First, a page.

His Master's Voice is the story of a brilliant mathematician, working on a Manhatten Project-like in an attempt to decipher a signal from space.

Jako zrelo delo.

Inevitably the focus of the military sponsored project turns to see whether this alien tech can be weaponised. The ideas were fascinating, but I couldn't give it 5 stars since it reads as a digest of ratiocination about scientific observation and objectiveness (undermined by quantum mechanics and the Uncertainty Principle).

Lem's brilliant ability to misdirect the reader toward an ultimately unachievable goal of understanding is present and accounted for in His Master's Voice. The vast majority of His Master's Voice is taken up by characters debating or explaining ideas. While Lem's work often includes a great deal of exposition, the amount in His Master's Voice is a little overwhelming. It didn't take long for His Master's Voice to soar blissfully over my head in descriptions of neutrinos and particle physics, and whenever readers get lost trying to understand the actual science behind hard science fiction, it makes the fictional science harder to spot.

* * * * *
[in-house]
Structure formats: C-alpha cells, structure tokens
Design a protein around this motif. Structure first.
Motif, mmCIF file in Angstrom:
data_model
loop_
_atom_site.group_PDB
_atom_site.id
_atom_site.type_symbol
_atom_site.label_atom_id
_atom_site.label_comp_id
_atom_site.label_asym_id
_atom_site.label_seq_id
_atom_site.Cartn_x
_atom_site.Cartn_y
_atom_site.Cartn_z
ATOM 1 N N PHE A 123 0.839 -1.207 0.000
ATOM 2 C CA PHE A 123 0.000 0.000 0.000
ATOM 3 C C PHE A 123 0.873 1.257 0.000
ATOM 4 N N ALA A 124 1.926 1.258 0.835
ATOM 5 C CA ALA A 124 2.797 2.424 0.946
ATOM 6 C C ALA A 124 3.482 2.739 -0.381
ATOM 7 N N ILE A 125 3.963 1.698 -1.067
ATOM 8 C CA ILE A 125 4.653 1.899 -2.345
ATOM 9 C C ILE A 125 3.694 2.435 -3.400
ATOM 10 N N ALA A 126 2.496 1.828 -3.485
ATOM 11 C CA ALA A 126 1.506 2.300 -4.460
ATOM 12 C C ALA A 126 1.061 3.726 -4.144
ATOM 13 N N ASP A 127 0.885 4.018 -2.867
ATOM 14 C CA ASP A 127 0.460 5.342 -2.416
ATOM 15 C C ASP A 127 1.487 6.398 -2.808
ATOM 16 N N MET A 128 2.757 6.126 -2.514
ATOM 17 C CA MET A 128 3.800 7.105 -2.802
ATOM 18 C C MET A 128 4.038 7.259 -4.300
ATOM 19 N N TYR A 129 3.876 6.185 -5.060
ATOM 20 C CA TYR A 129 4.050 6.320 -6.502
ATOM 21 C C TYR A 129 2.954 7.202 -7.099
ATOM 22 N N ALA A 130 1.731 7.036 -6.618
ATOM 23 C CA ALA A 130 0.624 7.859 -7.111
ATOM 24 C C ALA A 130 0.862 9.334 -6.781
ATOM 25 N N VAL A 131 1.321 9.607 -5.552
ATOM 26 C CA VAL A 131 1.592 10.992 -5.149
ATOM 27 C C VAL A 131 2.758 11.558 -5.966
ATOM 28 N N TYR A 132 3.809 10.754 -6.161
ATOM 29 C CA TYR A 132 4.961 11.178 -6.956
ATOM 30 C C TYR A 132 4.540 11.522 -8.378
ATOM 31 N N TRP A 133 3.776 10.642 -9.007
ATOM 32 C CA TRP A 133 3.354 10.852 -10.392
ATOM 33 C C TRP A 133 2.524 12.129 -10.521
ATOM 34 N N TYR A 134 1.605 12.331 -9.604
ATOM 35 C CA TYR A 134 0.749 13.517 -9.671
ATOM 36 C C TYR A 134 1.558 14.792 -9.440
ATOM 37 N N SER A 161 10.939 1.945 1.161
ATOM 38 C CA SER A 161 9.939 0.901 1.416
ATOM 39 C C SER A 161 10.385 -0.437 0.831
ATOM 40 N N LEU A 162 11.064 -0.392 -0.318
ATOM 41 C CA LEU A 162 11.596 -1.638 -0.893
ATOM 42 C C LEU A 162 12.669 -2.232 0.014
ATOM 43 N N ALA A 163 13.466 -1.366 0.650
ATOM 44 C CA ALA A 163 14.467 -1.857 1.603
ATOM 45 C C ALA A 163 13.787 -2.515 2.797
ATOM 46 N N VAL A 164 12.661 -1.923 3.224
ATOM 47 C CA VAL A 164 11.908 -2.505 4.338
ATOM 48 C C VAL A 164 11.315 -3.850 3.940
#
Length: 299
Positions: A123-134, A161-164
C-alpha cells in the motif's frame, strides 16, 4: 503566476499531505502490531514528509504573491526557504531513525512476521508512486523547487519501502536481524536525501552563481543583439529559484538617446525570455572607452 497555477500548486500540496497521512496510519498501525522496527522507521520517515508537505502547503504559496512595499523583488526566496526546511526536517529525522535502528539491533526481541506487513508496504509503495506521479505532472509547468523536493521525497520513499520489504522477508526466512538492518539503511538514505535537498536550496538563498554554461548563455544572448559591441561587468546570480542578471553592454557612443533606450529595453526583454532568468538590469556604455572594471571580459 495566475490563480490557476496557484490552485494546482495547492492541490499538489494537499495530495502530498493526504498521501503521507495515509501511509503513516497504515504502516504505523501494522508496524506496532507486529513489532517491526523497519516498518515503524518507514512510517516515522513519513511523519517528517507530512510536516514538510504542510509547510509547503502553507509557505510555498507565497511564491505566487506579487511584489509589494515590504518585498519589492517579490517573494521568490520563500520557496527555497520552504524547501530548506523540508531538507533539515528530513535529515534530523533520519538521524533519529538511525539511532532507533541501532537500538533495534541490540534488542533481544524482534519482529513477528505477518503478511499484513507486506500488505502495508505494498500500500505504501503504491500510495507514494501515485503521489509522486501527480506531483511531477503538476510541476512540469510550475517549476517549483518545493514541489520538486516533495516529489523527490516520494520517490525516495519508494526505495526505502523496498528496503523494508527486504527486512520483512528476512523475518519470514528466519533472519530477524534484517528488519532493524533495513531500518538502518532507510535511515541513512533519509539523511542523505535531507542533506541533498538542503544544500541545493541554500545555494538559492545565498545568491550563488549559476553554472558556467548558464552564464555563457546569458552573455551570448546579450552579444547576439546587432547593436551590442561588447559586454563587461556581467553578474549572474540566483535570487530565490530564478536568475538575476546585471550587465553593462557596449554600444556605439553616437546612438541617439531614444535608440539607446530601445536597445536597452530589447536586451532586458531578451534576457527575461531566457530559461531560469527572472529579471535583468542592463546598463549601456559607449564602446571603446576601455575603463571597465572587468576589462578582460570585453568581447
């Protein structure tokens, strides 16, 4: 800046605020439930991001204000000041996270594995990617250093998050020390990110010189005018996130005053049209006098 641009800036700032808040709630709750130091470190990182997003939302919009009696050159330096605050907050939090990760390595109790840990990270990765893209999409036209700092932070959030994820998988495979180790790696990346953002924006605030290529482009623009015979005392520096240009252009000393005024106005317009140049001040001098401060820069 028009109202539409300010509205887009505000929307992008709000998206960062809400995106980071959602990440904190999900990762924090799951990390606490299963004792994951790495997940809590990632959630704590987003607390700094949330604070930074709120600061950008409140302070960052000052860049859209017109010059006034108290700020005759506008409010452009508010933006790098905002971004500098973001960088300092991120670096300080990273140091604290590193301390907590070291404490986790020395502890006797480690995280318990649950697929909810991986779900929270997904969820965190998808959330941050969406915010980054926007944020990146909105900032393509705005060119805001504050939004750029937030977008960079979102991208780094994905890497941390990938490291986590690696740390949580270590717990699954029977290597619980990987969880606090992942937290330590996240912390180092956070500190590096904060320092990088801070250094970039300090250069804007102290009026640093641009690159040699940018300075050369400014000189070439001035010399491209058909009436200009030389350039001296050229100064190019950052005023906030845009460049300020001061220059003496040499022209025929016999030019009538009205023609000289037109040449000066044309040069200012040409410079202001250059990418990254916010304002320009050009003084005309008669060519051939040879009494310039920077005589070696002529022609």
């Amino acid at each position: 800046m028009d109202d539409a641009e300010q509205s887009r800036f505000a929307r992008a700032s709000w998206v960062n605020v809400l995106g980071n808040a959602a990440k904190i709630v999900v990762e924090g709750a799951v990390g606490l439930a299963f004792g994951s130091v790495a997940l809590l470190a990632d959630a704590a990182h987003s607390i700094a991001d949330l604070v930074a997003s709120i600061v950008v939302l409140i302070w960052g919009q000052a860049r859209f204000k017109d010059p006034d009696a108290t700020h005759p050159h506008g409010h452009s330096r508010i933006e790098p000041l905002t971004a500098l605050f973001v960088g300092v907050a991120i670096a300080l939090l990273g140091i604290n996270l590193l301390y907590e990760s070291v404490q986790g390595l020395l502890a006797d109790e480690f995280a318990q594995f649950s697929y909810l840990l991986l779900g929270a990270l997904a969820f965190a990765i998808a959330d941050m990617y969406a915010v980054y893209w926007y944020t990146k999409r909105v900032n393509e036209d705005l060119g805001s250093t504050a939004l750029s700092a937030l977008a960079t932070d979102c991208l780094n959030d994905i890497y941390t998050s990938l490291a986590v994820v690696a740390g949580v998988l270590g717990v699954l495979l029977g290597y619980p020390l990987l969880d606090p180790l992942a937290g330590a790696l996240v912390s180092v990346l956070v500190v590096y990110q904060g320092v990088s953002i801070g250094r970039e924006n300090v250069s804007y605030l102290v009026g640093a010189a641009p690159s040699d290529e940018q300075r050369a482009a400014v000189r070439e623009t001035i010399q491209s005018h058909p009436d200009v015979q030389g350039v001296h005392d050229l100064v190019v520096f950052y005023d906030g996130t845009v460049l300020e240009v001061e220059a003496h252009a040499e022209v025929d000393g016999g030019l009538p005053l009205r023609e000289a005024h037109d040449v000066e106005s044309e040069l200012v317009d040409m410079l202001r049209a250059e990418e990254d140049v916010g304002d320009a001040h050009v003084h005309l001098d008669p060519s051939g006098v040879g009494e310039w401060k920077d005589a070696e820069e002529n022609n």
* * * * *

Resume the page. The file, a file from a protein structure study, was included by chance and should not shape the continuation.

American government establishes a secretive project, dubbed "His Master's Voice", aimed at deciphering the "message from the stars". Of course, their argument is that the other side (the novel was written in the times when there were just two superpowers - the U.S. and the Soviet Union) is probably also working to decipher the message and convert its contents into a super-weapon. I am sort of a mathematician, albeit not a very good one, no wonder then that I totally love Mr. Lem's presentation of differences between mathematics and social sciences - I was laughing for an entire day having read how Dr. Hogarth's results were not recognized by social scientists working on the project because his "style of thinking ... Written in pre-Internet times, "His Master's Voice" reads like an absolutely contemporary novel; it could have been written last year. I have left what is the best for me for last - "His Master's Voice" does not read like fiction. It makes the reader feel this is a chronicle of actual events, something like the story of Manhattan Project from the 1940s or any other big-scale scientific project.

Stanisaw Lem (staiswaf lm) was a Polish science fiction, philosophical and satirical writer of Jewish descent. In this work, Lem discusses philosophical implications of technologies that were completely in the realm of science fiction then, but are gaining importance todaylike, for instance, virtual reality and nanotechnology. Over the next few decades, he published many books, both science fiction and philosophical/futurological, although from the 1980s onwards he tended to concentrate on philosophical texts and essays.